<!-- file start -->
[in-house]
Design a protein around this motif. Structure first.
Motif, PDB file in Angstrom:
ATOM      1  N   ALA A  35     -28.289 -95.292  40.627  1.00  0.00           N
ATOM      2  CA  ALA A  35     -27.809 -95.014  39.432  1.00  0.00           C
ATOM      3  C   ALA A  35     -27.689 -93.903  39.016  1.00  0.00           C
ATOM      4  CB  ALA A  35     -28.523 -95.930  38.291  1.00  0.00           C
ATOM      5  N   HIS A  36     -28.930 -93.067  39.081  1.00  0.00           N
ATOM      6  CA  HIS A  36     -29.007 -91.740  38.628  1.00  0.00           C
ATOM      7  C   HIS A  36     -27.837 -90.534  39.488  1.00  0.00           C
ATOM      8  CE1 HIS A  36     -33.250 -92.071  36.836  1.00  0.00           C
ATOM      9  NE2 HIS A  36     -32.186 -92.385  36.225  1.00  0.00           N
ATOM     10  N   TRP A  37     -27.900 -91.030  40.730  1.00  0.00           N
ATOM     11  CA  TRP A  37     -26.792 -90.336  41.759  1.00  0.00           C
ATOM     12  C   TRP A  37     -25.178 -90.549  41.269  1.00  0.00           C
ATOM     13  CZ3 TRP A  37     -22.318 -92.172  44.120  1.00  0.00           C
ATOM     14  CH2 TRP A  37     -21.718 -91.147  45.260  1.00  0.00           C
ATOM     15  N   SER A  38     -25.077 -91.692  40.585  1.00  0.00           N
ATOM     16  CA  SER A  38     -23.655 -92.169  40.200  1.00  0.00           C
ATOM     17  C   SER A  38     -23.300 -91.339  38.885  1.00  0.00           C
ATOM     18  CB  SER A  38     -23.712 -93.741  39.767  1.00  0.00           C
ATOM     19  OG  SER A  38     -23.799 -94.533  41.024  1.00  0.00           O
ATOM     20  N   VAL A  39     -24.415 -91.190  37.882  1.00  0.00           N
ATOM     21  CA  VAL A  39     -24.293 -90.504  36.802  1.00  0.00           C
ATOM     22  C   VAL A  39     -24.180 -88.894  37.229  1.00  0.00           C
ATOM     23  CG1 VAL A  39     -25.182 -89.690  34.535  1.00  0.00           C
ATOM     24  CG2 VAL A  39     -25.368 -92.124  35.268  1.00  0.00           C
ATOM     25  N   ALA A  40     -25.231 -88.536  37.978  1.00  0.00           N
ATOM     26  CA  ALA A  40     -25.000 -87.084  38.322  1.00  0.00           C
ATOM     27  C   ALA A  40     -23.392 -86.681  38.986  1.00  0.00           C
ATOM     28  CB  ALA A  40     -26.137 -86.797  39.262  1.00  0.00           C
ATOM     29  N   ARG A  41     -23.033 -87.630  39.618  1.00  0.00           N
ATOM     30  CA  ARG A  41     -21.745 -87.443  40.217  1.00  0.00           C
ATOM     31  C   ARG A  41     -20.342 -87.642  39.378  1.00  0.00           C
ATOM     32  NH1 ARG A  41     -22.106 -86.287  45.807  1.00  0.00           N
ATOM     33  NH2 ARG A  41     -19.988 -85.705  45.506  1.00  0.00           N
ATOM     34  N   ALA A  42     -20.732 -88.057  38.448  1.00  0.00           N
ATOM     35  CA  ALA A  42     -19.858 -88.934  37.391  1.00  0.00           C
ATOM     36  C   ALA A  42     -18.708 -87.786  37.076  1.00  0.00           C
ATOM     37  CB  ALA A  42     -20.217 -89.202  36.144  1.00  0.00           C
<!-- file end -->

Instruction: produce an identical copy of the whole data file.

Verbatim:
[in-house]
Design a protein around this motif. Structure first.
Motif, PDB file in Angstrom:
ATOM      1  N   ALA A  35     -28.289 -95.292  40.627  1.00  0.00           N
ATOM      2  CA  ALA A  35     -27.809 -95.014  39.432  1.00  0.00           C
ATOM      3  C   ALA A  35     -27.689 -93.903  39.016  1.00  0.00           C
ATOM      4  CB  ALA A  35     -28.523 -95.930  38.291  1.00  0.00           C
ATOM      5  N   HIS A  36     -28.930 -93.067  39.081  1.00  0.00           N
ATOM      6  CA  HIS A  36     -29.007 -91.740  38.628  1.00  0.00           C
ATOM      7  C   HIS A  36     -27.837 -90.534  39.488  1.00  0.00           C
ATOM      8  CE1 HIS A  36     -33.250 -92.071  36.836  1.00  0.00           C
ATOM      9  NE2 HIS A  36     -32.186 -92.385  36.225  1.00  0.00           N
ATOM     10  N   TRP A  37     -27.900 -91.030  40.730  1.00  0.00           N
ATOM     11  CA  TRP A  37     -26.792 -90.336  41.759  1.00  0.00           C
ATOM     12  C   TRP A  37     -25.178 -90.549  41.269  1.00  0.00           C
ATOM     13  CZ3 TRP A  37     -22.318 -92.172  44.120  1.00  0.00           C
ATOM     14  CH2 TRP A  37     -21.718 -91.147  45.260  1.00  0.00           C
ATOM     15  N   SER A  38     -25.077 -91.692  40.585  1.00  0.00           N
ATOM     16  CA  SER A  38     -23.655 -92.169  40.200  1.00  0.00           C
ATOM     17  C   SER A  38     -23.300 -91.339  38.885  1.00  0.00           C
ATOM     18  CB  SER A  38     -23.712 -93.741  39.767  1.00  0.00           C
ATOM     19  OG  SER A  38     -23.799 -94.533  41.024  1.00  0.00           O
ATOM     20  N   VAL A  39     -24.415 -91.190  37.882  1.00  0.00           N
ATOM     21  CA  VAL A  39     -24.293 -90.504  36.802  1.00  0.00           C
ATOM     22  C   VAL A  39     -24.180 -88.894  37.229  1.00  0.00           C
ATOM     23  CG1 VAL A  39     -25.182 -89.690  34.535  1.00  0.00           C
ATOM     24  CG2 VAL A  39     -25.368 -92.124  35.268  1.00  0.00           C
ATOM     25  N   ALA A  40     -25.231 -88.536  37.978  1.00  0.00           N
ATOM     26  CA  ALA A  40     -25.000 -87.084  38.322  1.00  0.00           C
ATOM     27  C   ALA A  40     -23.392 -86.681  38.986  1.00  0.00           C
ATOM     28  CB  ALA A  40     -26.137 -86.797  39.262  1.00  0.00           C
ATOM     29  N   ARG A  41     -23.033 -87.630  39.618  1.00  0.00           N
ATOM     30  CA  ARG A  41     -21.745 -87.443  40.217  1.00  0.00           C
ATOM     31  C   ARG A  41     -20.342 -87.642  39.378  1.00  0.00           C
ATOM     32  NH1 ARG A  41     -22.106 -86.287  45.807  1.00  0.00           N
ATOM     33  NH2 ARG A  41     -19.988 -85.705  45.506  1.00  0.00           N
ATOM     34  N   ALA A  42     -20.732 -88.057  38.448  1.00  0.00           N
ATOM     35  CA  ALA A  42     -19.858 -88.934  37.391  1.00  0.00           C
ATOM     36  C   ALA A  42     -18.708 -87.786  37.076  1.00  0.00           C
ATOM     37  CB  ALA A  42     -20.217 -89.202  36.144  1.00  0.00           C